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The Rabbit (Coinín) --: 
Up to forty years ago, the rabbit was on of the most common animals in Ireland. In 1954 a terrible disease was introduced by the Government in Ireland, called myxomatosis, to cut down on the numbers of rabbits in the country, as the farmers were all complaining about all the damage they were causing to their crops. As a result of introducing this disease deliberately, thousands of rabbits died. This disease is spread by fleas, which live in its fur. It was developed in Australia in the 1950’s as the rabbit population was causing awful problems for the farmers over there. Today their numbers are beginning to grow again very slowly. You can often see them playing in the fields when you are out for a walk in the country, late in the evening. In some countries, like France, people eat rabbit. I have never eaten rabbit but people have told me that it tastes very like chicken.

Rabbits are found in many parts of the world. It is believed that the Normans in the 13th introduced the rabbit into Ireland. They are often confused with the hare but are in fact considerably smaller. Rabbits are furry animals with long ears and short fluffy tails. They have shorter legs than hares and they do not walk or run as other animals do. They move about by hopping on their back legs - these are much larger than their front legs. They have very sharp front teeth, which it used to eat its food. The young rabbit is called a kitten and is born blind, without fur and is quite helpless. The male rabbit is called a buck and a female a doe. Young rabbits are born between late January and June in cosy, nests, which can be over ground or in rabbit burrows.  You will not find them on wetlands or on bleak mountaintops. On average ten young rabbits are born per year to a doe. This is a lot of mouths to feed and they depend on plenty of food nearby if they are to survive. 

People are rabbit’s greatest enemies. Millions of rabbits are killed every year. Farmers also kill rabbits to protect their crops. They are defenseless animals and they rarely attempt to fight off attackers. They depend a lot on their keen sense of smell and good eyesight to warn them of approaching danger. Rabbit’s eyes are at the side of its head. They can see things behind or to the side better than the front. They also have a very good sense of smell. Rabbits are very common in Ireland, although years ago disease greatly reduced their numbers. Some rabbits are trained especially to be pets. You will only find these rabbits in pet shops in town. They are usually kept in a hutch {rabbit cage} in peoples back garden. They have to be put in a garage or someplace warm in the winter, as they would not survive the cold winter nights.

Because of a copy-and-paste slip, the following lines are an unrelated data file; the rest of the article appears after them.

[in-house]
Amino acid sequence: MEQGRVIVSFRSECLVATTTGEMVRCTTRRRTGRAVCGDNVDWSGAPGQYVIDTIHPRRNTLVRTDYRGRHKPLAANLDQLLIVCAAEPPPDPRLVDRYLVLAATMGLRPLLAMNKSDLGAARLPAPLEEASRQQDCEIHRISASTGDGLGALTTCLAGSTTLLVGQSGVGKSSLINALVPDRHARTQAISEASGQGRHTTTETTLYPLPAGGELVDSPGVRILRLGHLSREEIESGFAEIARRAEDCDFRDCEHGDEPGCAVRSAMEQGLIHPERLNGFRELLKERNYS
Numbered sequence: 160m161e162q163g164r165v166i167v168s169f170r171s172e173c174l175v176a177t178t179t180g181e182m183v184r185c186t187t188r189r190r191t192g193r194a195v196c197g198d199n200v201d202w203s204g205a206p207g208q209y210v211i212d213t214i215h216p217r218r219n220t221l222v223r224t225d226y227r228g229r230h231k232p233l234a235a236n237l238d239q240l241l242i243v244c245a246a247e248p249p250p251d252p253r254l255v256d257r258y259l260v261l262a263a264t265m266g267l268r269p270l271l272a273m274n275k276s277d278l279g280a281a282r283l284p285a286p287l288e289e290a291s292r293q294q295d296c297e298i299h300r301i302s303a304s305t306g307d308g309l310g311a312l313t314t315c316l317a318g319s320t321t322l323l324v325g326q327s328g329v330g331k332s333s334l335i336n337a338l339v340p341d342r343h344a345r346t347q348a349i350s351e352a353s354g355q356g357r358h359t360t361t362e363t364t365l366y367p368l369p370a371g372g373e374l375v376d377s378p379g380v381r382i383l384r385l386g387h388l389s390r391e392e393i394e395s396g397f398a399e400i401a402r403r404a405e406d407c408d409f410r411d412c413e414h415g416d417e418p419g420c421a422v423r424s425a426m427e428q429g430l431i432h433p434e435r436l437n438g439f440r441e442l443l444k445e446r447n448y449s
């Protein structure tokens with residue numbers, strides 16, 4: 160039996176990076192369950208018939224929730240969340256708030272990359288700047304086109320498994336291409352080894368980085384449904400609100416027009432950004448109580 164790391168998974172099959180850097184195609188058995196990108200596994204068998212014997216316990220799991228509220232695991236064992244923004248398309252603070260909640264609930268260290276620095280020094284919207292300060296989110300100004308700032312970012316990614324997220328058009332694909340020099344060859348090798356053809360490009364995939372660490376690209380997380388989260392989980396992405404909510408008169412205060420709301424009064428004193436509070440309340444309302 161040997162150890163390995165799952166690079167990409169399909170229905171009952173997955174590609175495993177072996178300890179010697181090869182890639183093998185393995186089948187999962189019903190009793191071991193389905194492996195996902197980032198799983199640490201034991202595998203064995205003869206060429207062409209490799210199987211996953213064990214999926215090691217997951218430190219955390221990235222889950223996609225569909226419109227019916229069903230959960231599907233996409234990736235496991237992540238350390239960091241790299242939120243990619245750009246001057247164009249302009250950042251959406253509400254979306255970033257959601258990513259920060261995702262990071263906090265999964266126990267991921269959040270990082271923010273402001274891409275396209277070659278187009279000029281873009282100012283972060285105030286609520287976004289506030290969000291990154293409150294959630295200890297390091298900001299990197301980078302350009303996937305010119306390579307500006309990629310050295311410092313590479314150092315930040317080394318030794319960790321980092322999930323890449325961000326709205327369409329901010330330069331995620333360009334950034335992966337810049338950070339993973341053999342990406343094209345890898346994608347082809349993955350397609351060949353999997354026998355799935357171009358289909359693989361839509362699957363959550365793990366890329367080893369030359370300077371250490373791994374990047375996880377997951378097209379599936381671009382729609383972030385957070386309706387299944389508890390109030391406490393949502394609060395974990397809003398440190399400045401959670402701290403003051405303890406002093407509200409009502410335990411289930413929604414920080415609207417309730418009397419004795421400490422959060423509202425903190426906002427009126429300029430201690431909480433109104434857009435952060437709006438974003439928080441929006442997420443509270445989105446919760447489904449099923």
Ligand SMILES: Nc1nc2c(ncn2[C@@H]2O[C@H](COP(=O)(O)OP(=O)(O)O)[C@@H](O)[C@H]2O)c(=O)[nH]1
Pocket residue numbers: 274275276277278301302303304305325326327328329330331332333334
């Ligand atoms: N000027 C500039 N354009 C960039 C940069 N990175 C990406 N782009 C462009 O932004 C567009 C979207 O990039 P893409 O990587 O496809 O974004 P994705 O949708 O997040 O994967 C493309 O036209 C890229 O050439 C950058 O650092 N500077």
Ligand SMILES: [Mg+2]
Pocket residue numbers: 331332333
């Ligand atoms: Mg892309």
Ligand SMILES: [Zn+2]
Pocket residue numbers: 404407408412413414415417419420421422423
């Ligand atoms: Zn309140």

If you ever consider having a rabbit as a pet, be sure you know how to care for it properly. Rabbits feed on grasses, leaves and on the barks of trees and shrubs. Rabbits like hares are vegetarians. They have huge appetites and cause a lot of damage to farmer’s crops. They can also cause a lot of damage to young trees, as they nibble off the young shoots, which mean the trees do not grow properly. If you want to see rabbits, you will have to get up very early in the morning or see them at dusk, just before it gets dark. It is said that five rabbits eat as much grass as a sheep. The rabbit spends most of its life underground, living in a maze of tunnels, usually made by the rabbit’s parents or grandparents. They are often found near they sea, where they make their homes in the soft sand dunes. There are rabbits down in the sand hills at the end of Tramore beach, but I have never seen them. I have seen their droppings, so I know they are there. I like rabbits.  

Stephen Byrne